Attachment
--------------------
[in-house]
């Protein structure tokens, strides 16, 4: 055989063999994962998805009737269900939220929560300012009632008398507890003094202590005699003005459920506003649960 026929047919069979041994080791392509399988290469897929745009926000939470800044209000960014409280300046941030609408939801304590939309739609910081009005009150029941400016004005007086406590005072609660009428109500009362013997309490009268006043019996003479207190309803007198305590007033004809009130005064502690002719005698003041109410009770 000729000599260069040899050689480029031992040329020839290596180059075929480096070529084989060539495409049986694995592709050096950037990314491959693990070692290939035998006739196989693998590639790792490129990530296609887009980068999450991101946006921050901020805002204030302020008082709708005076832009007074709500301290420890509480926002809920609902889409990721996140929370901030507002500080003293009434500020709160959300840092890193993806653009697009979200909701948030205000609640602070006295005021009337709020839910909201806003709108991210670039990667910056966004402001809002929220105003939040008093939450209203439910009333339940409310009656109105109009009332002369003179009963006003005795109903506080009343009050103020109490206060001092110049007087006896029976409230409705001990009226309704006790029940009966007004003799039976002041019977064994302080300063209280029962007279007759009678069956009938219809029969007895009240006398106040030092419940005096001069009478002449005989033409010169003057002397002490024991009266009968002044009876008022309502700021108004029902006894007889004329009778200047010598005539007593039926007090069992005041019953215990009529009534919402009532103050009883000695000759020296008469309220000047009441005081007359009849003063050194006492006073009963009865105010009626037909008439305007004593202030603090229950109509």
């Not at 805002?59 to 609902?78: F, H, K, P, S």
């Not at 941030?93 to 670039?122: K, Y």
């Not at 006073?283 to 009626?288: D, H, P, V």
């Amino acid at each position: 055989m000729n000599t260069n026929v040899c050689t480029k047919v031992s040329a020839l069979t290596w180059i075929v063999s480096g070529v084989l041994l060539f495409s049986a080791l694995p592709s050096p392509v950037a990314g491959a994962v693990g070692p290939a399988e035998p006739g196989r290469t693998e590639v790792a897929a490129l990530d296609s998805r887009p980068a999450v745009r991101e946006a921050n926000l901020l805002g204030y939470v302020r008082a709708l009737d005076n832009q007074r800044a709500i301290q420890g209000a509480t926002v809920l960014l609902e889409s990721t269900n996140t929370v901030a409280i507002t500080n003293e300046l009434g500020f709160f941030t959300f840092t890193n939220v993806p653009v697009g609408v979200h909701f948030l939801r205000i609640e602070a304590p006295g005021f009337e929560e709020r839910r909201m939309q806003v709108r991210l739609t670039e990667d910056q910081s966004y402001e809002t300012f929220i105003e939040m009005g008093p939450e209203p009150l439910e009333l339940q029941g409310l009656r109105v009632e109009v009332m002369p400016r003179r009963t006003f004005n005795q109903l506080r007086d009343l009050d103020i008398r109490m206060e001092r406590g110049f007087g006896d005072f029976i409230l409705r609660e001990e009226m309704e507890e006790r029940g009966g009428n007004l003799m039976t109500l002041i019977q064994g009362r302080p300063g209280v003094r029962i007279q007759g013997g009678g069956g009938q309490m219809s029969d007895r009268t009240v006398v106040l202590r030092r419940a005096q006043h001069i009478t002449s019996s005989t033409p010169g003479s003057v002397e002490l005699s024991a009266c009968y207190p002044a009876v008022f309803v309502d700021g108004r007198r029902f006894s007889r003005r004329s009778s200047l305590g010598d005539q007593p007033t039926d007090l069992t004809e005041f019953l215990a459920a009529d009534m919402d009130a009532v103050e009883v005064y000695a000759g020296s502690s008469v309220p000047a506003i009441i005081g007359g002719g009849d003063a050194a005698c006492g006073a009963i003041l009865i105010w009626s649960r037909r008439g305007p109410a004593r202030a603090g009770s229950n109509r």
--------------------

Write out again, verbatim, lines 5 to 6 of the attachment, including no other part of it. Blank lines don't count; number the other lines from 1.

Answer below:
């Not at 006073?283 to 009626?288: D, H, P, V």
């Amino acid at each position: 055989m000729n000599t260069n026929v040899c050689t480029k047919v031992s040329a020839l069979t290596w180059i075929v063999s480096g070529v084989l041994l060539f495409s049986a080791l694995p592709s050096p392509v950037a990314g491959a994962v693990g070692p290939a399988e035998p006739g196989r290469t693998e590639v790792a897929a490129l990530d296609s998805r887009p980068a999450v745009r991101e946006a921050n926000l901020l805002g204030y939470v302020r008082a709708l009737d005076n832009q007074r800044a709500i301290q420890g209000a509480t926002v809920l960014l609902e889409s990721t269900n996140t929370v901030a409280i507002t500080n003293e300046l009434g500020f709160f941030t959300f840092t890193n939220v993806p653009v697009g609408v979200h909701f948030l939801r205000i609640e602070a304590p006295g005021f009337e929560e709020r839910r909201m939309q806003v709108r991210l739609t670039e990667d910056q910081s966004y402001e809002t300012f929220i105003e939040m009005g008093p939450e209203p009150l439910e009333l339940q029941g409310l009656r109105v009632e109009v009332m002369p400016r003179r009963t006003f004005n005795q109903l506080r007086d009343l009050d103020i008398r109490m206060e001092r406590g110049f007087g006896d005072f029976i409230l409705r609660e001990e009226m309704e507890e006790r029940g009966g009428n007004l003799m039976t109500l002041i019977q064994g009362r302080p300063g209280v003094r029962i007279q007759g013997g009678g069956g009938q309490m219809s029969d007895r009268t009240v006398v106040l202590r030092r419940a005096q006043h001069i009478t002449s019996s005989t033409p010169g003479s003057v002397e002490l005699s024991a009266c009968y207190p002044a009876v008022f309803v309502d700021g108004r007198r029902f006894s007889r003005r004329s009778s200047l305590g010598d005539q007593p007033t039926d007090l069992t004809e005041f019953l215990a459920a009529d009534m919402d009130a009532v103050e009883v005064y000695a000759g020296s502690s008469v309220p000047a506003i009441i005081g007359g002719g009849d003063a050194a005698c006492g006073a009963i003041l009865i105010w009626s649960r037909r008439g305007p109410a004593r202030a603090g009770s229950n109509r």